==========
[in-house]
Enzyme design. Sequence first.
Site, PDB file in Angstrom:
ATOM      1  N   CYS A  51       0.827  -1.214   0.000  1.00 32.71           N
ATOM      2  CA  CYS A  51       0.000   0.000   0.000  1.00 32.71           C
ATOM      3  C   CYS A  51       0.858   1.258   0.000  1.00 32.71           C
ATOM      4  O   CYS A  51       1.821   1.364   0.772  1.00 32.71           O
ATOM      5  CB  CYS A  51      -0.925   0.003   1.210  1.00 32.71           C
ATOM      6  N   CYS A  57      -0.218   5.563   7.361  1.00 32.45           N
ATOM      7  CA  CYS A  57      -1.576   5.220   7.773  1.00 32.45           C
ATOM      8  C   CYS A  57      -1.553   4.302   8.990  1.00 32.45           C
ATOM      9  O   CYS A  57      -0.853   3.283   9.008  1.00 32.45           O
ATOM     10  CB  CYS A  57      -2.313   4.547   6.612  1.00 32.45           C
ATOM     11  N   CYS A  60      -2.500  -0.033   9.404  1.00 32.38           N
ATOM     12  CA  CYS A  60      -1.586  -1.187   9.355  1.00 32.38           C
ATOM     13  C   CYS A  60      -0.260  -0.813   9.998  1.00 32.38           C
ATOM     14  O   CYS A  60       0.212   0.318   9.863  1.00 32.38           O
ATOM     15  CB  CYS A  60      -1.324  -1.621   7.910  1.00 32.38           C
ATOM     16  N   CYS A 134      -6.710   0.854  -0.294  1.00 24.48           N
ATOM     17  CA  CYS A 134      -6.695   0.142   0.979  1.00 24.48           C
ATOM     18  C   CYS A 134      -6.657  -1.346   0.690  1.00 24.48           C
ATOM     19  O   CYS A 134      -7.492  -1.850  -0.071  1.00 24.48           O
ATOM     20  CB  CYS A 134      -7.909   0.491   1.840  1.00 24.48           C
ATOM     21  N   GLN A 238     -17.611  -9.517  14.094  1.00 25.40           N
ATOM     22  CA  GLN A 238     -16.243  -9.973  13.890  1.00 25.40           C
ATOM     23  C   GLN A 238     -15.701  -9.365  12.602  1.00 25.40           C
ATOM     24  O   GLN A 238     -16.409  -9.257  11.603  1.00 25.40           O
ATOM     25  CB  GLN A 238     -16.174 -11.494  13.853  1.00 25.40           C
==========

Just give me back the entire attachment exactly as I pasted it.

[in-house]
Enzyme design. Sequence first.
Site, PDB file in Angstrom:
ATOM      1  N   CYS A  51       0.827  -1.214   0.000  1.00 32.71           N
ATOM      2  CA  CYS A  51       0.000   0.000   0.000  1.00 32.71           C
ATOM      3  C   CYS A  51       0.858   1.258   0.000  1.00 32.71           C
ATOM      4  O   CYS A  51       1.821   1.364   0.772  1.00 32.71           O
ATOM      5  CB  CYS A  51      -0.925   0.003   1.210  1.00 32.71           C
ATOM      6  N   CYS A  57      -0.218   5.563   7.361  1.00 32.45           N
ATOM      7  CA  CYS A  57      -1.576   5.220   7.773  1.00 32.45           C
ATOM      8  C   CYS A  57      -1.553   4.302   8.990  1.00 32.45           C
ATOM      9  O   CYS A  57      -0.853   3.283   9.008  1.00 32.45           O
ATOM     10  CB  CYS A  57      -2.313   4.547   6.612  1.00 32.45           C
ATOM     11  N   CYS A  60      -2.500  -0.033   9.404  1.00 32.38           N
ATOM     12  CA  CYS A  60      -1.586  -1.187   9.355  1.00 32.38           C
ATOM     13  C   CYS A  60      -0.260  -0.813   9.998  1.00 32.38           C
ATOM     14  O   CYS A  60       0.212   0.318   9.863  1.00 32.38           O
ATOM     15  CB  CYS A  60      -1.324  -1.621   7.910  1.00 32.38           C
ATOM     16  N   CYS A 134      -6.710   0.854  -0.294  1.00 24.48           N
ATOM     17  CA  CYS A 134      -6.695   0.142   0.979  1.00 24.48           C
ATOM     18  C   CYS A 134      -6.657  -1.346   0.690  1.00 24.48           C
ATOM     19  O   CYS A 134      -7.492  -1.850  -0.071  1.00 24.48           O
ATOM     20  CB  CYS A 134      -7.909   0.491   1.840  1.00 24.48           C
ATOM     21  N   GLN A 238     -17.611  -9.517  14.094  1.00 25.40           N
ATOM     22  CA  GLN A 238     -16.243  -9.973  13.890  1.00 25.40           C
ATOM     23  C   GLN A 238     -15.701  -9.365  12.602  1.00 25.40           C
ATOM     24  O   GLN A 238     -16.409  -9.257  11.603  1.00 25.40           O
ATOM     25  CB  GLN A 238     -16.174 -11.494  13.853  1.00 25.40           C